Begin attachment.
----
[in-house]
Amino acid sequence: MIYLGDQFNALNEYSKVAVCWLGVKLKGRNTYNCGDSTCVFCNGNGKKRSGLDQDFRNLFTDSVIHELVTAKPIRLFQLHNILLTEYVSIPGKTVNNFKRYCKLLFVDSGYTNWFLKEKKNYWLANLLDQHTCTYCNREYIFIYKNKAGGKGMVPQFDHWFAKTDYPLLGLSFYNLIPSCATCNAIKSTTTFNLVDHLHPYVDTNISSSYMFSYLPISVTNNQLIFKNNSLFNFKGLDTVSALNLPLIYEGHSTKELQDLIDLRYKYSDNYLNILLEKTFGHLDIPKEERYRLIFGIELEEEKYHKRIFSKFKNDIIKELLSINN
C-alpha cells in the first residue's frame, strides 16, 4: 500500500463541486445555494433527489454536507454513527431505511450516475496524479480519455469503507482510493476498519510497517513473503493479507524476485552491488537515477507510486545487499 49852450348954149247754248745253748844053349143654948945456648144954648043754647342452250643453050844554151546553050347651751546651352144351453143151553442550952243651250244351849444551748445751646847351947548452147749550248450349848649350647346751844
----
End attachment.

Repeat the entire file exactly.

[in-house]
Amino acid sequence: MIYLGDQFNALNEYSKVAVCWLGVKLKGRNTYNCGDSTCVFCNGNGKKRSGLDQDFRNLFTDSVIHELVTAKPIRLFQLHNILLTEYVSIPGKTVNNFKRYCKLLFVDSGYTNWFLKEKKNYWLANLLDQHTCTYCNREYIFIYKNKAGGKGMVPQFDHWFAKTDYPLLGLSFYNLIPSCATCNAIKSTTTFNLVDHLHPYVDTNISSSYMFSYLPISVTNNQLIFKNNSLFNFKGLDTVSALNLPLIYEGHSTKELQDLIDLRYKYSDNYLNILLEKTFGHLDIPKEERYRLIFGIELEEEKYHKRIFSKFKNDIIKELLSINN
C-alpha cells in the first residue's frame, strides 16, 4: 500500500463541486445555494433527489454536507454513527431505511450516475496524479480519455469503507482510493476498519510497517513473503493479507524476485552491488537515477507510486545487499 49852450348954149247754248745253748844053349143654948945456648144954648043754647342452250643453050844554151546553050347651751546651352144351453143151553442550952243651250244351849444551748445751646847351947548452147749550248450349848649350647346751844